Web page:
- by N Stallon
- The Guardian
- Issue #1971
100 per cent of Retail and Fast Food Workers Union (RAFFWU) members have voted yes to all forms of industrial action. The move will escalate their struggle for their first Enterprise Bargaining Agreement (EBA) at Sydney local bookstore Better Read Than Dead.
The workers are demanding no less than the bare minimum that all workers should be entitled to: safety policies covering bullying, workplace harassment and discrimination; job security rights, including conversion from casual to part-time employment and protections in the case of redundancies; and a living wage of $25 per hour.
In retaliation, the owners have led a fierce union-busting campaign, including recently making two workers redundant. The first being the union delegate and bargaining team member and the second being the unionist store manager.
The protected industrial action commenced this past Monday 21st July, with workers first initiating bans on overtime, handling cash, and updating window displays.
In a forum organised by the 1st of May Movement in conjunction with Better Read Than Dead Workers and RAFFWU that was attended by hundreds of community supporters, workers and union officials foreshadowed further industrial action if the owners refuse to come to the table, including the possibility of work stoppage.
On Thursday 22nd July, RAFFWU announced that workers had decided to escalate their industrial action with new bans, including a ban on work associated with web orders set to begin on Monday 26th July.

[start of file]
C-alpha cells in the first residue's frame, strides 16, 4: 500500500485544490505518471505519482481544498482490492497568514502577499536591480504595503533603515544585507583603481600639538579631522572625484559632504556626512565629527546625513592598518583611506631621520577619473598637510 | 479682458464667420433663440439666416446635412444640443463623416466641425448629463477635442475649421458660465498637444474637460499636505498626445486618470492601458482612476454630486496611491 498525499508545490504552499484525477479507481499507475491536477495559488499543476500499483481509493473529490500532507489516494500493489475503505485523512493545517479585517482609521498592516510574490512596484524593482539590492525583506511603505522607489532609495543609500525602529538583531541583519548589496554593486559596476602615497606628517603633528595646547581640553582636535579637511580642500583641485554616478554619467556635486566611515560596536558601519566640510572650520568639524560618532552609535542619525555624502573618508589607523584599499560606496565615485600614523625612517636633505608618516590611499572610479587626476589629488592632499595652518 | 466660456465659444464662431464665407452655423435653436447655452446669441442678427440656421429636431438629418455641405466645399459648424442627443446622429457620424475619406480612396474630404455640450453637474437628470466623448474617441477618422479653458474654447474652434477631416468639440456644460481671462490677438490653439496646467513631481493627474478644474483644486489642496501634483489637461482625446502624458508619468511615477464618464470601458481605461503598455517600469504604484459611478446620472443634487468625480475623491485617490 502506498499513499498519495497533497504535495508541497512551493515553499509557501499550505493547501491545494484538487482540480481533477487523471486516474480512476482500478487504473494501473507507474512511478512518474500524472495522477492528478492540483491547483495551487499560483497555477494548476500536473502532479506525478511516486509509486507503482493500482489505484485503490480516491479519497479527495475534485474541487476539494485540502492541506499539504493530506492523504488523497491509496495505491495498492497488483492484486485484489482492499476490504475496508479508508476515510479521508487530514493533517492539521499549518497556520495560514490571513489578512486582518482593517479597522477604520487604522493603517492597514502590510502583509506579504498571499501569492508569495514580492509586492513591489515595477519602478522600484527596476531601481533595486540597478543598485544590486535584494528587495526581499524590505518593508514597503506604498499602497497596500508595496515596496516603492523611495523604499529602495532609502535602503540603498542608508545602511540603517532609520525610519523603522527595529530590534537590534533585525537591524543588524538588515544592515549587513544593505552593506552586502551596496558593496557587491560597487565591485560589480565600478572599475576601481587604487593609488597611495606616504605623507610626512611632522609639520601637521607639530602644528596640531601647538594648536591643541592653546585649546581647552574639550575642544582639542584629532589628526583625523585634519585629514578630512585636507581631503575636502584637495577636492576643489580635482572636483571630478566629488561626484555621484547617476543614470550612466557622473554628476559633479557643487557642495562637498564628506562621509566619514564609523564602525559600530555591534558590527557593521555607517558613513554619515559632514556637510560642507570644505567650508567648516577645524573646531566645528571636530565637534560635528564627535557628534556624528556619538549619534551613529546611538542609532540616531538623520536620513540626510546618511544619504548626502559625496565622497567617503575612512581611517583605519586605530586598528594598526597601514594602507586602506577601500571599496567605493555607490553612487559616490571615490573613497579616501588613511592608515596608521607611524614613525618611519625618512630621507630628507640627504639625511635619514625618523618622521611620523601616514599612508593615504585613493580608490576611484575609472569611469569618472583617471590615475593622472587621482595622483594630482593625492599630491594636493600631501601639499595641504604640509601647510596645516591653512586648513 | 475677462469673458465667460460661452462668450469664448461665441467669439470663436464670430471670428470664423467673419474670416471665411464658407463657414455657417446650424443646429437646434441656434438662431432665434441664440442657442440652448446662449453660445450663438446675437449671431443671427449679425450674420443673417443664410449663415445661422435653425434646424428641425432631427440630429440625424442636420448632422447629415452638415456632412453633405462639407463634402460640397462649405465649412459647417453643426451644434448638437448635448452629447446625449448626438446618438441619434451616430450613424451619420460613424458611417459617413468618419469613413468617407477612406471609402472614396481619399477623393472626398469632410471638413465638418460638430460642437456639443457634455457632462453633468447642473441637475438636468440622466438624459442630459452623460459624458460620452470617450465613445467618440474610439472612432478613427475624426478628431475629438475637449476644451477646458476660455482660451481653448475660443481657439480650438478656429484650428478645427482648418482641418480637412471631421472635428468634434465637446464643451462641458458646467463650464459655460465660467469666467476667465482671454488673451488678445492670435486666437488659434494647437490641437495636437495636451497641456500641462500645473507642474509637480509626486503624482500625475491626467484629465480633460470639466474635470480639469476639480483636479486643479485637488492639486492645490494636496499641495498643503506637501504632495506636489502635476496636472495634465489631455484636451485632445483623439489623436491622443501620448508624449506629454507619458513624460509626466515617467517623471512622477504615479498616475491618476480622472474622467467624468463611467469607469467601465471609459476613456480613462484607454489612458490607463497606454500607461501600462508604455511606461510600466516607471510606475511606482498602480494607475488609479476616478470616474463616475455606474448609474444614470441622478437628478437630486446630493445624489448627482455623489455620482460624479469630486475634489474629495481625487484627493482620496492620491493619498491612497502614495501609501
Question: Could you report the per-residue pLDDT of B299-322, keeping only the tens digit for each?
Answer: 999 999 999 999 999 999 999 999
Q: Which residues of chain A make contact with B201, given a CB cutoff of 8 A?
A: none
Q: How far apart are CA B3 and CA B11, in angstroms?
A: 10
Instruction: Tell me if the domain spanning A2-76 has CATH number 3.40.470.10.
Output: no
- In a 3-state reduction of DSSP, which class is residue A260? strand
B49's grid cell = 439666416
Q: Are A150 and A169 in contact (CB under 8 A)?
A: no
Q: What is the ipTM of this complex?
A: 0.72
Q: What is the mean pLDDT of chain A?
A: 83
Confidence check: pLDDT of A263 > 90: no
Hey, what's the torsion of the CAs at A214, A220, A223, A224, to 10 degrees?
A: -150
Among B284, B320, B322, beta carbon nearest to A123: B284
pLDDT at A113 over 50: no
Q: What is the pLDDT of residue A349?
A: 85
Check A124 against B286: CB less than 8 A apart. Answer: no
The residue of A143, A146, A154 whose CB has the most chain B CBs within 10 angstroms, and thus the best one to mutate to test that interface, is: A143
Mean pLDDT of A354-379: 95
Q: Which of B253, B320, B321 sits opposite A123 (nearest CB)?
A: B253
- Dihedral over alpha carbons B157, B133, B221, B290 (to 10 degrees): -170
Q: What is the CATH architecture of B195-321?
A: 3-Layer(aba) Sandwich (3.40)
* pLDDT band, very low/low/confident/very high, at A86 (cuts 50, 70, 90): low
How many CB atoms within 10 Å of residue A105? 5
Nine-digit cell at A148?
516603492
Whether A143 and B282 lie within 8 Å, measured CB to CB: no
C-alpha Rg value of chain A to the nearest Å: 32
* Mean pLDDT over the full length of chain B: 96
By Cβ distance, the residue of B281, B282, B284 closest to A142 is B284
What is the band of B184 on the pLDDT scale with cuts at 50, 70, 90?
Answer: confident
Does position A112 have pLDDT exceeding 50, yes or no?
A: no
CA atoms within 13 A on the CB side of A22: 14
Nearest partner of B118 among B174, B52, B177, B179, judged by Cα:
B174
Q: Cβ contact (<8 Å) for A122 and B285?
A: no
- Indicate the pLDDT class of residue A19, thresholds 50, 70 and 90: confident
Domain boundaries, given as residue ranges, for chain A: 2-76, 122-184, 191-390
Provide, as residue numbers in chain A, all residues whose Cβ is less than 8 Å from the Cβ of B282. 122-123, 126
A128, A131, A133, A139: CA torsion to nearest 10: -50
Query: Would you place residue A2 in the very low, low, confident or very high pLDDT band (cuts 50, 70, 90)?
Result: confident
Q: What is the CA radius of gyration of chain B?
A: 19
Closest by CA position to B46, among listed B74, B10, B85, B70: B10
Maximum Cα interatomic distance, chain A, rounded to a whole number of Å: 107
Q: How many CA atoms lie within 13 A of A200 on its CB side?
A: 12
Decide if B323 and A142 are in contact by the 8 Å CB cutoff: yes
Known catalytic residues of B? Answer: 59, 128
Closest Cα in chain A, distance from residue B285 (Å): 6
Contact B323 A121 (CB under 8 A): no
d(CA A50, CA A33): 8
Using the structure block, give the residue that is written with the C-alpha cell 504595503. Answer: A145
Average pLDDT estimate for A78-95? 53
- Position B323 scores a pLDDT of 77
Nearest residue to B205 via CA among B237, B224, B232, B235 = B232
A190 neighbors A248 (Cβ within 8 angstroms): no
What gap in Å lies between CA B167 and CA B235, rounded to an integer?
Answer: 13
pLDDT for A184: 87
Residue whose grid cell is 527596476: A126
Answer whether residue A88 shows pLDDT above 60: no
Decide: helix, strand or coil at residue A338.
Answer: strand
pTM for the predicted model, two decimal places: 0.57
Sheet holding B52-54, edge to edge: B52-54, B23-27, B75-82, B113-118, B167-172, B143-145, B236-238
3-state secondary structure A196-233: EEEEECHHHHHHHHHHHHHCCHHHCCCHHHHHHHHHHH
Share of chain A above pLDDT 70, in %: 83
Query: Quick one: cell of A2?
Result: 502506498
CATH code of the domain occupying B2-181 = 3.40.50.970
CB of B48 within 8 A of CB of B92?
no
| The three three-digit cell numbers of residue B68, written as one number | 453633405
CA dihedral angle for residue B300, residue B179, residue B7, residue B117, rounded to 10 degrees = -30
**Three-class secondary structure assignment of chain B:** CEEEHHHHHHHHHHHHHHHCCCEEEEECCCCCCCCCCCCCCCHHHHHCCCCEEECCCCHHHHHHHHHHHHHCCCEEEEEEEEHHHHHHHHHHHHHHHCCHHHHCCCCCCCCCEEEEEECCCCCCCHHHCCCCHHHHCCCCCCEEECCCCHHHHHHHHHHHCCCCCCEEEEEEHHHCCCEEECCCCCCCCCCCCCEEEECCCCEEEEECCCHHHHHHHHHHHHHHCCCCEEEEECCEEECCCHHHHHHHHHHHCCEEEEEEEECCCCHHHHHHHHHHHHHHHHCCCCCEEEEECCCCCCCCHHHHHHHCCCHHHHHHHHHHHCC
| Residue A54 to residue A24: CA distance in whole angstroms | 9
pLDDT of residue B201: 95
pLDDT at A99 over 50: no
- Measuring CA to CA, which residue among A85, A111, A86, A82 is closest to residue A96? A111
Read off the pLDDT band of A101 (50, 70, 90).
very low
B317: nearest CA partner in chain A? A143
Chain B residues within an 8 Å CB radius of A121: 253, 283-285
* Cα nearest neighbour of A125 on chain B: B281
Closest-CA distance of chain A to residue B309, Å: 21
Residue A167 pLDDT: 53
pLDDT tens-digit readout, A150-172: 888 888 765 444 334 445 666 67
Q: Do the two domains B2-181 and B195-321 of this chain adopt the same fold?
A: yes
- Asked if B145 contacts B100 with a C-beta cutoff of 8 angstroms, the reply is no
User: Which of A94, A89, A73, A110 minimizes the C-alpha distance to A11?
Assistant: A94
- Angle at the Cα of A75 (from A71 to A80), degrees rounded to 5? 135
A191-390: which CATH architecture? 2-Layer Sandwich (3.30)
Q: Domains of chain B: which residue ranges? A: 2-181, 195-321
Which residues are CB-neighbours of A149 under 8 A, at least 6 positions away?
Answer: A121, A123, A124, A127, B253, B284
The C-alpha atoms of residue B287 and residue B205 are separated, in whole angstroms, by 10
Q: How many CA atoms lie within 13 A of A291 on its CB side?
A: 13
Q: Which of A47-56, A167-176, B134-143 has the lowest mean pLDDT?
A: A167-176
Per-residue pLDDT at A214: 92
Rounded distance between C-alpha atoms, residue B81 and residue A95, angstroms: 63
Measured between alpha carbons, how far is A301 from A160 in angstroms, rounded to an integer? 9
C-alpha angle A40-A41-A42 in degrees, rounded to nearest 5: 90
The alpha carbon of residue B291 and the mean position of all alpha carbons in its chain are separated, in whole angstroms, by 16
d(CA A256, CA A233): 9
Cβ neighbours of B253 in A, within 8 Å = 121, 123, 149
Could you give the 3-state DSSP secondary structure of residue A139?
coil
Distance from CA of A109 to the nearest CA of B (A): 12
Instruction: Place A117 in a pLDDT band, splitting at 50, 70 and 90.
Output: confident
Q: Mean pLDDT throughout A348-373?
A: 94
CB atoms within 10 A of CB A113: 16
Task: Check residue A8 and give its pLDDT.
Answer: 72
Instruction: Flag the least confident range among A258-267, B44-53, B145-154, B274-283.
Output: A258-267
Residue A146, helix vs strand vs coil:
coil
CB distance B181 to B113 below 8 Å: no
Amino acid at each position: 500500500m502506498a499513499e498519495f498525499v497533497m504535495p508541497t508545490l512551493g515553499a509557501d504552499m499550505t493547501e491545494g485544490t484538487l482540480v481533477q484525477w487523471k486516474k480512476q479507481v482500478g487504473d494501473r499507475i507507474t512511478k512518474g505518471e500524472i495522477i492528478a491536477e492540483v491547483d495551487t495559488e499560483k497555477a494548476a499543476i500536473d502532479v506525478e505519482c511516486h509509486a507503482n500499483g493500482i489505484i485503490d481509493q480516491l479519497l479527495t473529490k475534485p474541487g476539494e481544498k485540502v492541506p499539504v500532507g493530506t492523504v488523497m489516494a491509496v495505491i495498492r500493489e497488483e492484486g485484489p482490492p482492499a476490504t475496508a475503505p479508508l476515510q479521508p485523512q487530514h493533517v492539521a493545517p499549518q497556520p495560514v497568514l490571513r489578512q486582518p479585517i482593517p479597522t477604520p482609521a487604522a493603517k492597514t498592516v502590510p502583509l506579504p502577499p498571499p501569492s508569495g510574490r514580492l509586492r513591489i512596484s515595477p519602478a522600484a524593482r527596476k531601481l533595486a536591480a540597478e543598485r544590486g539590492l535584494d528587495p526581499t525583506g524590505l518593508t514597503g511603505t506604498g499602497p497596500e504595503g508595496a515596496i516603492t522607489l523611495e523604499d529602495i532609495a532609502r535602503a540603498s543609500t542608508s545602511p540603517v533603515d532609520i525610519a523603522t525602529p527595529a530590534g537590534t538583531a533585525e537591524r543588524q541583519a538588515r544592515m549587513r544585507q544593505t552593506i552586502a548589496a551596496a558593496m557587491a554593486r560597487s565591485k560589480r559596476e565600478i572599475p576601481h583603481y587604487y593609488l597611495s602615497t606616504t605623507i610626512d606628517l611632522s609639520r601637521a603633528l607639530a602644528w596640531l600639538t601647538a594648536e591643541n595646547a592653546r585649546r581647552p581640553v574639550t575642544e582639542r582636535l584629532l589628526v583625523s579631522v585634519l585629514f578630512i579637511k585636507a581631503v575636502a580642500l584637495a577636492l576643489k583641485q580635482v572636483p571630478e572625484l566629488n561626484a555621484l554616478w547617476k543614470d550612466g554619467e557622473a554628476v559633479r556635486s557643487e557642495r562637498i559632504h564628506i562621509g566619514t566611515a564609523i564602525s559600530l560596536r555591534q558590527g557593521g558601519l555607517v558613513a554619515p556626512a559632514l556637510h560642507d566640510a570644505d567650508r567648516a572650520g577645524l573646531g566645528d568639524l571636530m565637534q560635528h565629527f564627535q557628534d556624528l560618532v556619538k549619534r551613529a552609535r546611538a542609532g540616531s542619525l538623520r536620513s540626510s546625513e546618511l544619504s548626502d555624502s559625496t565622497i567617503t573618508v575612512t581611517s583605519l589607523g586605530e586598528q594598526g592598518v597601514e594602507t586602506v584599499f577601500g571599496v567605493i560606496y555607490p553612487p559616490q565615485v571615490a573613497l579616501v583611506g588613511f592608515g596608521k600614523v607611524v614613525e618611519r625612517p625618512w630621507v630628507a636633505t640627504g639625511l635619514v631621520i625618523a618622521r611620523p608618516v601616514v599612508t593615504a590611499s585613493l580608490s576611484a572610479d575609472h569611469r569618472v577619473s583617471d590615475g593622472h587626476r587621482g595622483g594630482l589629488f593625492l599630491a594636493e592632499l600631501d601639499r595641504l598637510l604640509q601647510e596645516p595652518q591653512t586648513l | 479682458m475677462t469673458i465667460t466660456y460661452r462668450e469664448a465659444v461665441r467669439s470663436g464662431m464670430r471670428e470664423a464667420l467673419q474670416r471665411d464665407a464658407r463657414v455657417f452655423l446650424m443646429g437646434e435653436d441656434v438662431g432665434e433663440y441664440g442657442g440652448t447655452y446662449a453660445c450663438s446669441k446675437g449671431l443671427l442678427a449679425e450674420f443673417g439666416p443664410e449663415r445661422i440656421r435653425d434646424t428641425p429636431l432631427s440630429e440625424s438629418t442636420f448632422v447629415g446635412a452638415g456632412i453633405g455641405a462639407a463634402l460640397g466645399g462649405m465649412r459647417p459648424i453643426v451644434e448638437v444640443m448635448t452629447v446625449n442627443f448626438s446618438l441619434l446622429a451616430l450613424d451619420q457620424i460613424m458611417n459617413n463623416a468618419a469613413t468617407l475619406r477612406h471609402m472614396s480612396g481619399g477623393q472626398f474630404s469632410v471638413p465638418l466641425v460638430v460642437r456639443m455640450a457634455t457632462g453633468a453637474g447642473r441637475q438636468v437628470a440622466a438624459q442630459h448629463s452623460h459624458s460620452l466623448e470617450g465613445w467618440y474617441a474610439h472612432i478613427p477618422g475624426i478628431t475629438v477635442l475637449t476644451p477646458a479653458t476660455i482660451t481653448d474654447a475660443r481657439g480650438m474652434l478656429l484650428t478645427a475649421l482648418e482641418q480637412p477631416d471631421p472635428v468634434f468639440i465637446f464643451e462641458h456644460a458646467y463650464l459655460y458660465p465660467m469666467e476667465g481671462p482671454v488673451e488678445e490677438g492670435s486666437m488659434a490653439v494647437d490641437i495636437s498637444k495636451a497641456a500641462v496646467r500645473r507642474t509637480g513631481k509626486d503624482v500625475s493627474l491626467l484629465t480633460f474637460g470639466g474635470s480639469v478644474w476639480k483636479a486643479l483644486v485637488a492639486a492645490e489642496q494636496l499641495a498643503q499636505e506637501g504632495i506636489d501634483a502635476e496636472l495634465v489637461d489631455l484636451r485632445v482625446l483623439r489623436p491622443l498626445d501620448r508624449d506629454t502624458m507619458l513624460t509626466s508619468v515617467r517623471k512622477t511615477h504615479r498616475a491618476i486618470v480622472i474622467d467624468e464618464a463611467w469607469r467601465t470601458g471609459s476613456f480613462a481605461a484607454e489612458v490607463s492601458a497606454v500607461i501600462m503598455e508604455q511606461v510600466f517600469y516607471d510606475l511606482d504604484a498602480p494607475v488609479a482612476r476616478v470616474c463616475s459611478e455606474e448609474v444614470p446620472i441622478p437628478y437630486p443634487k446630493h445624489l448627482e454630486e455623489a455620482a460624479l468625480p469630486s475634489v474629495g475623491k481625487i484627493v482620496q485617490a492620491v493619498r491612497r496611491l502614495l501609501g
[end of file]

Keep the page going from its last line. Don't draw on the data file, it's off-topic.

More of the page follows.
Workers discussed the poor conditions at the bookstore. These included a work culture that demanded all workers carry out a variety of roles despite being paid the minimum retail award rate, worker favouritism, high casualisation, a high staff turn-over rate, and aggressive union busting.
Paul Keating, Sydney Branch Secretary of the Maritime Union of Australia and Darren Greenfield, NSW Branch Secretary of the Construction, Forestry, Mining and Energy Union Construction and General Division spoke at the forum, congratulating workers on their courage and pledging support from their respective unions.
In a show of solidarity, Overland’s editorial team published an open letter in support of the workers’ struggle. The letter has been signed by over 250 Australian authors.
This is a ground-breaking moment in the Australian retail sector, marking the beginning of the industry’s first case of industrial action in over 50 years, after the betrayal of the sector by the Shop, Distributive and Allied Employees’ Association (SDA).
The brave workers at Better Read Than Dead have stood up not only for themselves, but for 1.5 million of society’s most vulnerable workers in an industry known for casualisation, underemployment, underpayment, and poor working conditions.
The return of industrial action to the sector is a positive development that poses an existential threat to the not only the retail bosses, but the SDA that protects them.
A rare positive outcome of the COVID pandemic has been the realisation that retail workers are essential workers, and that society cannot function without them.
This rings particularly true in Sydney, where the NSW government is reluctant to lockdown the industry for fear of the economic and societal impact, instead expecting retail workers to put themselves in harm’s way by working in sites prone to COVID exposure.
It is time that retail workers receive the pay and conditions that they deserve.
Better Read Than Dead, with the support of RAFFWU, are leading the fight through collective industrial action. Their actions can serve to guide an industry that has been taught by the SDA to accept far less than they deserve.
RAFFWU is calling on the community to support these workers in their struggle by donating to a Welfare Support Fund that will spend the money on “welfare support for workers losing wages while engaged in industrial action and welfare support for workers sacked as part of the employer’s union busting”.
The Guardian encourages those that can donate to do so. The link to the Welfare Support Fund has been shared below.